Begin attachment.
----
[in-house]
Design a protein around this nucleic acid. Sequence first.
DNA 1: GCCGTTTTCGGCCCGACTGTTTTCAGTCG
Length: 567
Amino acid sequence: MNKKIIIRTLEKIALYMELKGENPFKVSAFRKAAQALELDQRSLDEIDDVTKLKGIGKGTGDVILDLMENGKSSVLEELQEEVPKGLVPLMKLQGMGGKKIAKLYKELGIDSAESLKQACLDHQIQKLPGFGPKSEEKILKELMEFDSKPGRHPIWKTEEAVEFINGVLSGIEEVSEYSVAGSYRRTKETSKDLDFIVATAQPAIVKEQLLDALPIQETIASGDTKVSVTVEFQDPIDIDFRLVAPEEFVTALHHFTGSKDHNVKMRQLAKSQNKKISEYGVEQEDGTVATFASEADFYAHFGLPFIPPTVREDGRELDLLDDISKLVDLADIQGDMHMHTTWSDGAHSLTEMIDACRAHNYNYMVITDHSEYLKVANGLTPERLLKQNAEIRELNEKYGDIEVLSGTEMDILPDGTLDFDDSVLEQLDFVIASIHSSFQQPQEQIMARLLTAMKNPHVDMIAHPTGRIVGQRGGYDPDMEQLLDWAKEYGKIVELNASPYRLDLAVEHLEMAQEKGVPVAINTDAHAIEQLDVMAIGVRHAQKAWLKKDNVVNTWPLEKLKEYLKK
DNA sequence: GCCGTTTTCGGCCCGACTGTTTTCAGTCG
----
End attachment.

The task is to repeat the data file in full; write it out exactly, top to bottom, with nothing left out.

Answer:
[in-house]
Design a protein around this nucleic acid. Sequence first.
DNA 1: GCCGTTTTCGGCCCGACTGTTTTCAGTCG
Length: 567
Amino acid sequence: MNKKIIIRTLEKIALYMELKGENPFKVSAFRKAAQALELDQRSLDEIDDVTKLKGIGKGTGDVILDLMENGKSSVLEELQEEVPKGLVPLMKLQGMGGKKIAKLYKELGIDSAESLKQACLDHQIQKLPGFGPKSEEKILKELMEFDSKPGRHPIWKTEEAVEFINGVLSGIEEVSEYSVAGSYRRTKETSKDLDFIVATAQPAIVKEQLLDALPIQETIASGDTKVSVTVEFQDPIDIDFRLVAPEEFVTALHHFTGSKDHNVKMRQLAKSQNKKISEYGVEQEDGTVATFASEADFYAHFGLPFIPPTVREDGRELDLLDDISKLVDLADIQGDMHMHTTWSDGAHSLTEMIDACRAHNYNYMVITDHSEYLKVANGLTPERLLKQNAEIRELNEKYGDIEVLSGTEMDILPDGTLDFDDSVLEQLDFVIASIHSSFQQPQEQIMARLLTAMKNPHVDMIAHPTGRIVGQRGGYDPDMEQLLDWAKEYGKIVELNASPYRLDLAVEHLEMAQEKGVPVAINTDAHAIEQLDVMAIGVRHAQKAWLKKDNVVNTWPLEKLKEYLKK
DNA sequence: GCCGTTTTCGGCCCGACTGTTTTCAGTCG